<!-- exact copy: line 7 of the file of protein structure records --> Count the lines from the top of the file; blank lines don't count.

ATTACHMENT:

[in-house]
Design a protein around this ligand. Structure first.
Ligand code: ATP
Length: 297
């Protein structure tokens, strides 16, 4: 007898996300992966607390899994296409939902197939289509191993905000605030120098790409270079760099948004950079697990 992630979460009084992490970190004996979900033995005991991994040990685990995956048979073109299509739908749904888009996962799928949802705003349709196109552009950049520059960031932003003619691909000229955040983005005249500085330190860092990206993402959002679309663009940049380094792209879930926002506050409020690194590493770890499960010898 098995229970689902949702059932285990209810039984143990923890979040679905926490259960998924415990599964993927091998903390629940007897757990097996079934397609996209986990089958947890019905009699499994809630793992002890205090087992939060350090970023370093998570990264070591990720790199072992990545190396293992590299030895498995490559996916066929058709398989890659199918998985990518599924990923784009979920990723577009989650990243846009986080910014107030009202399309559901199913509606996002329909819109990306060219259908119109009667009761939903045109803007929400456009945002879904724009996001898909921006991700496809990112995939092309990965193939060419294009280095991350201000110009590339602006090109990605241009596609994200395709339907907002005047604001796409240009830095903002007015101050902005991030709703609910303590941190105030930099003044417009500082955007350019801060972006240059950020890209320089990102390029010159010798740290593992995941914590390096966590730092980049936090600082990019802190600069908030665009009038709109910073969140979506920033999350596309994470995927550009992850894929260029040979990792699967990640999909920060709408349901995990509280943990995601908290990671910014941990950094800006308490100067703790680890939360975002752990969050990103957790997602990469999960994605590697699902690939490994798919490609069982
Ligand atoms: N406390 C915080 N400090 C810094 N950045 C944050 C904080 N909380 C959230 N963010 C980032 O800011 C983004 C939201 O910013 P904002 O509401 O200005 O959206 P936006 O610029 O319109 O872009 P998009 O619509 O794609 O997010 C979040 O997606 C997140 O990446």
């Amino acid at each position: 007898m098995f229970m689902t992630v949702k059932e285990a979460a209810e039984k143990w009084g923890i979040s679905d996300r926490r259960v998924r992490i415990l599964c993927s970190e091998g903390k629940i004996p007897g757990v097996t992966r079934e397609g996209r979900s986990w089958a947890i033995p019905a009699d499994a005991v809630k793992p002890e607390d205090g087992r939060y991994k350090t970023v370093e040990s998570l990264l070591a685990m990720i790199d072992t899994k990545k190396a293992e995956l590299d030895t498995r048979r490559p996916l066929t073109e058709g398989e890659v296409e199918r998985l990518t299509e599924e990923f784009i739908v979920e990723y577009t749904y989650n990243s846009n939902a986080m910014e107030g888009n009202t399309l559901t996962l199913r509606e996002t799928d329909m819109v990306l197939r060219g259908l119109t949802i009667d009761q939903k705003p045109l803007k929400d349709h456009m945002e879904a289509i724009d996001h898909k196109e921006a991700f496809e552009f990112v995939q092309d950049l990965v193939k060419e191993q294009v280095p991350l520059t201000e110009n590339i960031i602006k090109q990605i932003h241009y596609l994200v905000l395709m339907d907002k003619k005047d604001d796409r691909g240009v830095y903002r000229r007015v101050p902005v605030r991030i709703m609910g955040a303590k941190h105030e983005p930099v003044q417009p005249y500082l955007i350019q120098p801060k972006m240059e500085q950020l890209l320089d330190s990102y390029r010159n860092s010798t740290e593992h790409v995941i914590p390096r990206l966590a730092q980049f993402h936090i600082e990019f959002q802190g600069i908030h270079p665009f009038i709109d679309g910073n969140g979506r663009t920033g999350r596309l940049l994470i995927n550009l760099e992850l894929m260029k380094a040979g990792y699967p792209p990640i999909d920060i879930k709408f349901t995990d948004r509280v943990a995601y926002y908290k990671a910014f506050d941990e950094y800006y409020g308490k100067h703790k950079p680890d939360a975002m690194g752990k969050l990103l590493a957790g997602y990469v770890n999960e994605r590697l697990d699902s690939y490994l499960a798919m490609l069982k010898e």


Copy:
């Amino acid at each position: 007898m098995f229970m689902t992630v949702k059932e285990a979460a209810e039984k143990w009084g923890i979040s679905d996300r926490r259960v998924r992490i415990l599964c993927s970190e091998g903390k629940i004996p007897g757990v097996t992966r079934e397609g996209r979900s986990w089958a947890i033995p019905a009699d499994a005991v809630k793992p002890e607390d205090g087992r939060y991994k350090t970023v370093e040990s998570l990264l070591a685990m990720i790199d072992t899994k990545k190396a293992e995956l590299d030895t498995r048979r490559p996916l066929t073109e058709g398989e890659v296409e199918r998985l990518t299509e599924e990923f784009i739908v979920e990723y577009t749904y989650n990243s846009n939902a986080m910014e107030g888009n009202t399309l559901t996962l199913r509606e996002t799928d329909m819109v990306l197939r060219g259908l119109t949802i009667d009761q939903k705003p045109l803007k929400d349709h456009m945002e879904a289509i724009d996001h898909k196109e921006a991700f496809e552009f990112v995939q092309d950049l990965v193939k060419e191993q294009v280095p991350l520059t201000e110009n590339i960031i602006k090109q990605i932003h241009y596609l994200v905000l395709m339907d907002k003619k005047d604001d796409r691909g240009v830095y903002r000229r007015v101050p902005v605030r991030i709703m609910g955040a303590k941190h105030e983005p930099v003044q417009p005249y500082l955007i350019q120098p801060k972006m240059e500085q950020l890209l320089d330190s990102y390029r010159n860092s010798t740290e593992h790409v995941i914590p390096r990206l966590a730092q980049f993402h936090i600082e990019f959002q802190g600069i908030h270079p665009f009038i709109d679309g910073n969140g979506r663009t920033g999350r596309l940049l994470i995927n550009l760099e992850l894929m260029k380094a040979g990792y699967p792209p990640i999909d920060i879930k709408f349901t995990d948004r509280v943990a995601y926002y908290k990671a910014f506050d941990e950094y800006y409020g308490k100067h703790k950079p680890d939360a975002m690194g752990k969050l990103l590493a957790g997602y990469v770890n999960e994605r590697l697990d699902s690939y490994l499960a798919m490609l069982k010898e």